Mindfulness-based therapy is one commonly used strategy to help people be more present and make considered decisions in response to triggers. This involves paying attention to your body and how it is reacting in the present; noticing your breathing, your pulse and how your muscles respond to the trigger. Writing down your physical responses and feelings at the time of your trigger, can be another good way to record and reflect on these feelings as to better control them in future. In reflection you may become aware of any extreme or polarised views that have arisen and also notice that with time these feelings will diffuse. 

Understanding that emotions are contagious

Strong emotions can be contagious and ‘infect’ those around us so it’s important where possible to surround ourselves with positive, like-minded people. Negativity breeds negativity and anxiety breeds panic, both are unhelpful and can affect our behaviour and actions. The current pandemic is testament to this theory and you may have noticed how your mood, or opinions can influence others. This is particularly pertinent for parent as children and teenagers look for reassurance in these uncertain times. When you are calm, and stress is at bay, we generally make wiser more considered decisions. This goes for children and teenagers as well.

Kathryn Smith, Clinical Psychologist says; “Feeling happy or sad heavily influences our thoughts and this can impact judgement and behaviour. Of course, for some of us, emotions are easier to regulate than others and this is okay.”

“Identifying your emotional triggers and understanding the underlying cause, can help you gauge why it provokes a strong reaction in you.”

“Being aware of environmental triggers like work stress or being toobusy as well as physical triggers like not getting enough sleep and poor diet is helpful.”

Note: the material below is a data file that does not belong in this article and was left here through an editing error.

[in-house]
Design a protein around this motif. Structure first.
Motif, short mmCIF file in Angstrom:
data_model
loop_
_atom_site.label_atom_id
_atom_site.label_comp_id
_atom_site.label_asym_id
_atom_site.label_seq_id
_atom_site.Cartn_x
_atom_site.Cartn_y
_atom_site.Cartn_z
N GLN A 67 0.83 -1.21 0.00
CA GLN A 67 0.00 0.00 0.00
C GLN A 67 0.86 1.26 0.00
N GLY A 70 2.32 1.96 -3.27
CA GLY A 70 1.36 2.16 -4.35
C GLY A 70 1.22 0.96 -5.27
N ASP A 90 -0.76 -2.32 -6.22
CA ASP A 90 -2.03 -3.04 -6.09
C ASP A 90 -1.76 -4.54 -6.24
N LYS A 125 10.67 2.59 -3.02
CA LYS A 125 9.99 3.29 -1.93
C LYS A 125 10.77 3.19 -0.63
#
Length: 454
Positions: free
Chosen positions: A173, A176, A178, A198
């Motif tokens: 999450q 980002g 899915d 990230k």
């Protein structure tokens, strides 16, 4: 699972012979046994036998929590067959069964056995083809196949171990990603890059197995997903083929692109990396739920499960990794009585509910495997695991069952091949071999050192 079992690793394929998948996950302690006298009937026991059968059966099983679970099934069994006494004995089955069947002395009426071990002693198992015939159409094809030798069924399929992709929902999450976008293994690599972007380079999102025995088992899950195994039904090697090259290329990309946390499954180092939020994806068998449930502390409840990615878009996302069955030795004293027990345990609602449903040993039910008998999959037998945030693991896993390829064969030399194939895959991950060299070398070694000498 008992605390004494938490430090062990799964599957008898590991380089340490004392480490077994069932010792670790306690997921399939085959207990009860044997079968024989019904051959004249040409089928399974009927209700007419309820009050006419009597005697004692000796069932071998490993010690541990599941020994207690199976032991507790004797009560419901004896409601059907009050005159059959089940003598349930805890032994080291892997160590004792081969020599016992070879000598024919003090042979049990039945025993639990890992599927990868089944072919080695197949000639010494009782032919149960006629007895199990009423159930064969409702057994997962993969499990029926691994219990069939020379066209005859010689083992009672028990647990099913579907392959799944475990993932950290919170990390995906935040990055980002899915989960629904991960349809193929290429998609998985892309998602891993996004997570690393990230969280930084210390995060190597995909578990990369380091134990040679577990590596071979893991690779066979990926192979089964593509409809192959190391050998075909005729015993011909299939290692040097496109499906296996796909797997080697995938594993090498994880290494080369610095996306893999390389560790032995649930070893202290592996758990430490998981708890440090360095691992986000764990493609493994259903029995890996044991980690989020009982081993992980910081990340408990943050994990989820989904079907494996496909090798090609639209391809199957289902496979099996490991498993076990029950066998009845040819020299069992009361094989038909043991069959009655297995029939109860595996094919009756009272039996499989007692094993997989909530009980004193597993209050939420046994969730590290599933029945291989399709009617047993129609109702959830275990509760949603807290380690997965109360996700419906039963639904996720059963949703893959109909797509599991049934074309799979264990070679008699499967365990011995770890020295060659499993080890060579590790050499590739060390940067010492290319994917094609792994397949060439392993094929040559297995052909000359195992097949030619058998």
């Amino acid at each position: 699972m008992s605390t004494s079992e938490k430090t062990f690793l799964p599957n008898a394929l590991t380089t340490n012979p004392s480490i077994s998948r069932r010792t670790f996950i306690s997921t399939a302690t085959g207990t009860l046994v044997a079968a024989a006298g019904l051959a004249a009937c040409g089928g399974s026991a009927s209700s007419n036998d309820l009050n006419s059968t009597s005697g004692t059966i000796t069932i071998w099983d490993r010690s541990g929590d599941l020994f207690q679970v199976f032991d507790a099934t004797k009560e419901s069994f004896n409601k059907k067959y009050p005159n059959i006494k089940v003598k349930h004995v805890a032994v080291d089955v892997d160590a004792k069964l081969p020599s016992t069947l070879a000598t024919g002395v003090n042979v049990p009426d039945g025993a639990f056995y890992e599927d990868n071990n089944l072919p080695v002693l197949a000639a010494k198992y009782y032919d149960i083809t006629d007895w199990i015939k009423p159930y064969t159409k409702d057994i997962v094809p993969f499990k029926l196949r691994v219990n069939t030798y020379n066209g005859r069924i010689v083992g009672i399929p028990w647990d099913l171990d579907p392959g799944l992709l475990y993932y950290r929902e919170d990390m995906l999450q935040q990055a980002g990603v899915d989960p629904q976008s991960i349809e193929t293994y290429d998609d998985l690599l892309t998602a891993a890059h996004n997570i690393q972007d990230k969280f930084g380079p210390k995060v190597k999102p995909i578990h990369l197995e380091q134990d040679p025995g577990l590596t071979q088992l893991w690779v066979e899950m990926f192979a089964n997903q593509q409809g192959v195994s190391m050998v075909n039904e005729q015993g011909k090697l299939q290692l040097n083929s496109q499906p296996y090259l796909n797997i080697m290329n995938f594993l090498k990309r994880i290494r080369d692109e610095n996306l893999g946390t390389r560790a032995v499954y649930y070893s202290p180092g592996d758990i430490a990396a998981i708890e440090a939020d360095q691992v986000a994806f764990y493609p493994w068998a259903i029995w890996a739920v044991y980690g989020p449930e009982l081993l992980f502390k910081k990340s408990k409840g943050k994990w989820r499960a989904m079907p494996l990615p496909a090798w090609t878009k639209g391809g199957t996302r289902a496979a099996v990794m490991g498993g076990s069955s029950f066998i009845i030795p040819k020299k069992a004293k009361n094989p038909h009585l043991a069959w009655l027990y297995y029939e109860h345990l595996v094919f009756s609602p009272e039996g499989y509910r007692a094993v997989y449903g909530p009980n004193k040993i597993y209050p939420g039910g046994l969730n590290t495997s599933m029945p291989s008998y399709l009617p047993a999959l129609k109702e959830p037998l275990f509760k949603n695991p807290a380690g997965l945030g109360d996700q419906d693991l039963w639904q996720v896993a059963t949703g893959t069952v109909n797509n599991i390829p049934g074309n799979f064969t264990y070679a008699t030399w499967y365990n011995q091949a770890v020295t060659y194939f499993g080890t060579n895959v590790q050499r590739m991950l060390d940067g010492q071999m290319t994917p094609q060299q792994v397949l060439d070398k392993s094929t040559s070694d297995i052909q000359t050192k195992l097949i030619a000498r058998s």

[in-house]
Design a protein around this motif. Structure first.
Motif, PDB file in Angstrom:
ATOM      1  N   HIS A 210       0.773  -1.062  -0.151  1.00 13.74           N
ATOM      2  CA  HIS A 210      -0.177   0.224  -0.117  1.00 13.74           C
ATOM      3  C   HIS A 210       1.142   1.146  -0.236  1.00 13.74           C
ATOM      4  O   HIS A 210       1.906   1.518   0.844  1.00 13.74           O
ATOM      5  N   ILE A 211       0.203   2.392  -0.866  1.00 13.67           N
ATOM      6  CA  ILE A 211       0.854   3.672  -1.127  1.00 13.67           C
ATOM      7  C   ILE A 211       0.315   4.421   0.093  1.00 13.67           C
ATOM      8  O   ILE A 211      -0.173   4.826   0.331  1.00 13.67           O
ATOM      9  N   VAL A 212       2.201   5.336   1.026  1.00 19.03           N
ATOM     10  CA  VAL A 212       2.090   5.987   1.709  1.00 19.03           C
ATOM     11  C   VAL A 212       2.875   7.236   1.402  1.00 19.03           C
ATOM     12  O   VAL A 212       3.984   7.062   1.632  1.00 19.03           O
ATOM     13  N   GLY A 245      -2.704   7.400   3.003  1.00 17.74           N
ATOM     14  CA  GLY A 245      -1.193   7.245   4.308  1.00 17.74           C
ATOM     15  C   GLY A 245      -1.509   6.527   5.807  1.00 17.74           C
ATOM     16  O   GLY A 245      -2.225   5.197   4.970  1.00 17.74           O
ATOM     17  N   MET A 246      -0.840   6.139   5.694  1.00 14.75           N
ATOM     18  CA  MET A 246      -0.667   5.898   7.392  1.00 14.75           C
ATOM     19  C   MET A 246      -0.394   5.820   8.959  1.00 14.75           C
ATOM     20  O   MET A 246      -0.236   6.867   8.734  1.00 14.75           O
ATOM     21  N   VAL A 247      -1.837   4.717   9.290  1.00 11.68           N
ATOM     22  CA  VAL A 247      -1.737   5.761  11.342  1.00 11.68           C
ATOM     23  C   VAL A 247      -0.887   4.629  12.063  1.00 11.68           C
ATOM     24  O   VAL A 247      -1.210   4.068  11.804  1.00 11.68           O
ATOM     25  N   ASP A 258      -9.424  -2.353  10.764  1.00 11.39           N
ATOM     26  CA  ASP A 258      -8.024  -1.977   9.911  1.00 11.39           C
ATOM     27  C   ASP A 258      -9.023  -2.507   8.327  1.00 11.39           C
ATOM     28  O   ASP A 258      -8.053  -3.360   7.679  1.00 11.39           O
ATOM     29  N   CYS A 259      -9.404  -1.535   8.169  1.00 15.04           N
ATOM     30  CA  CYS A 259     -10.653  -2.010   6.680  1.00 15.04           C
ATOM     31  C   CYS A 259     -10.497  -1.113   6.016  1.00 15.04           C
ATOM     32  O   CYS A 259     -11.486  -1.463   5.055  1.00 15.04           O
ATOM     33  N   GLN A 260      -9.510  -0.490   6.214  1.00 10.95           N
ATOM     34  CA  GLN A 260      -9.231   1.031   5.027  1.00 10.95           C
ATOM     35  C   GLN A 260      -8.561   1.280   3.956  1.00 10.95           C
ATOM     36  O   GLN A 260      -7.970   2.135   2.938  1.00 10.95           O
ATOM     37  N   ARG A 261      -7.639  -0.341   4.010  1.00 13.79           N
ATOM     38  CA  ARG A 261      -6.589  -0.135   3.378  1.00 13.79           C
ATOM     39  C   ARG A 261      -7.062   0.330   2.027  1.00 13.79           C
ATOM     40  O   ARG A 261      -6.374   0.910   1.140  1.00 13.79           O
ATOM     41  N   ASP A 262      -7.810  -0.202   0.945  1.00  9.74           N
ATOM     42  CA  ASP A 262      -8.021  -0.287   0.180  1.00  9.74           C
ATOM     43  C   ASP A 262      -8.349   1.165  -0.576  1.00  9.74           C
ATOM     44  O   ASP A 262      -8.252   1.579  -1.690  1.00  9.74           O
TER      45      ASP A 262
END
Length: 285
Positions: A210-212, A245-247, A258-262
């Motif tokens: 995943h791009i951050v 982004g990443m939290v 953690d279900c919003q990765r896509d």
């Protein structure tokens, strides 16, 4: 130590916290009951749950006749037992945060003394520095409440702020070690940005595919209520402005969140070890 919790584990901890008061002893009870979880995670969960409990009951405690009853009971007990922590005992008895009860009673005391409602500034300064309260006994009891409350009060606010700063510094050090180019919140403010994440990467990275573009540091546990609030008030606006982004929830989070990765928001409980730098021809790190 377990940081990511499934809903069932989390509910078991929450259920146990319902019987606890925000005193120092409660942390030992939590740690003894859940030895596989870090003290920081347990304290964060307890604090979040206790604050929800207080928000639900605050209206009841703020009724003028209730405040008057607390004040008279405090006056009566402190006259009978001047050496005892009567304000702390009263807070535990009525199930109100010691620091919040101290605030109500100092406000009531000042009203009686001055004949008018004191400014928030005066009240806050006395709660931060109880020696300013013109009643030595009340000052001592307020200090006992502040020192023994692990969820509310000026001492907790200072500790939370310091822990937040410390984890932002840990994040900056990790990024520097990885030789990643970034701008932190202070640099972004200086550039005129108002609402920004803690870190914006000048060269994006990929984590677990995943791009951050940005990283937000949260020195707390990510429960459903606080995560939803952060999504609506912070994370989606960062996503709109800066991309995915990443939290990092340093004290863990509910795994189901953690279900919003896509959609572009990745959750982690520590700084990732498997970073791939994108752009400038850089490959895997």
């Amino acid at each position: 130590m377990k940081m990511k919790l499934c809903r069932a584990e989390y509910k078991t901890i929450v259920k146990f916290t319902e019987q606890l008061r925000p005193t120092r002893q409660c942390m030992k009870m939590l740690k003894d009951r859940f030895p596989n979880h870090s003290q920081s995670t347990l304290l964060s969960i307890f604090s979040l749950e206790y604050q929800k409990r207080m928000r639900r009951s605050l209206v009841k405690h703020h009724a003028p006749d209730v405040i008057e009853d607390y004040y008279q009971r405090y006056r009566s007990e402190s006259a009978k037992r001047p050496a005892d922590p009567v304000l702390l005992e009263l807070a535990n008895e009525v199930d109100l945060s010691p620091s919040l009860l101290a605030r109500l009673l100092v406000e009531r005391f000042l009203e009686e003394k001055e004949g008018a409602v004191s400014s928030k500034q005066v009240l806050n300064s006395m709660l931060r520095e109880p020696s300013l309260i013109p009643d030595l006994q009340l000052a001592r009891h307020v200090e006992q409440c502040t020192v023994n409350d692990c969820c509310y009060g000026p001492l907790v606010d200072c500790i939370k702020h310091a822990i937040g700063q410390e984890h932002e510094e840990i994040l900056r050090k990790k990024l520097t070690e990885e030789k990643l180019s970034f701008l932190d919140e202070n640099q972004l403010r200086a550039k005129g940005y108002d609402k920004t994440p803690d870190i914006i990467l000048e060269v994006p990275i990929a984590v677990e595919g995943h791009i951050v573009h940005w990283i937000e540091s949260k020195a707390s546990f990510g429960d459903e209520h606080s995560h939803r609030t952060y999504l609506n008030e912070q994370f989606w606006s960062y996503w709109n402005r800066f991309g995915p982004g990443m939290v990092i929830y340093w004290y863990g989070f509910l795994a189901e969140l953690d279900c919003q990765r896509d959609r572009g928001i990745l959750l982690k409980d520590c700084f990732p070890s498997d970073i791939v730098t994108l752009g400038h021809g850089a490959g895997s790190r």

If you have emotional concerns that you would like to address, our team of Psychologists are here to help with face to face or telehealth appointments available. Peruse our website to read more about our team to find a Psychologist who will best suit your personal needs.

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Welcome Chao (Iris) Huang

Posted on April 22, 2020 in Uncategorized - 0

Iris is a warm and empathetic psychologist who values a person-centred approach. She has experience working with a range of presentations among adults and adolescents in different settings, including Mental Health Hospitals, Private Practice, Secondary Schools, and University Clinic.

Iris tailors her therapy from a range of evidence-based interventions to suit each client’s needs and therapy goals. Iris is particularly interested in helping people explore and evaluate their automatic patterns of feelings, thinking, and behaviours. She is currently working towards obtaining her certification to become a certified Schema Therapist. She utilises experiential psychotherapeutic techniques such as Chairwork and Imagery in her therapy sessions with clients.

  • Cognitive Behaviour Therapy
  • Schema Therapy
  • Emotion-Focused Therapy
  • Compassion-Focused Therapy
  • Sensorimotor Psychotherapy

Iris has experience in and is interested in working with the following areas:

  • Stress Management
  • Anxiety
  • Depression
  • Self Esteem Issues
  • Grief and Loss
  • Trauma (Developmental, PTSD, Complex)
  • Relationship Issues
  • Personality Vulnerabilities (e.g., BPD)
  • International Student/Immigrant Mental Health
  • General Health and Wellbeing
  • Sleep Difficulties

Iris has lived, studied, and worked in both Australia and Asia. Her personal and professional experiences have increased her awareness of the cultural issues involved in working with people from different cultural backgrounds. Iris is a bilingual psychologist. She is able to provide services in both English and Mandarin. Iris works from Psychology Consultants Morningside on Tuesday and Friday from 18th May 2020 and is available for Telehealth appointments. Please call reception to make an appointment 07 3395 8633 or morningside@psychologyconsultants.com.au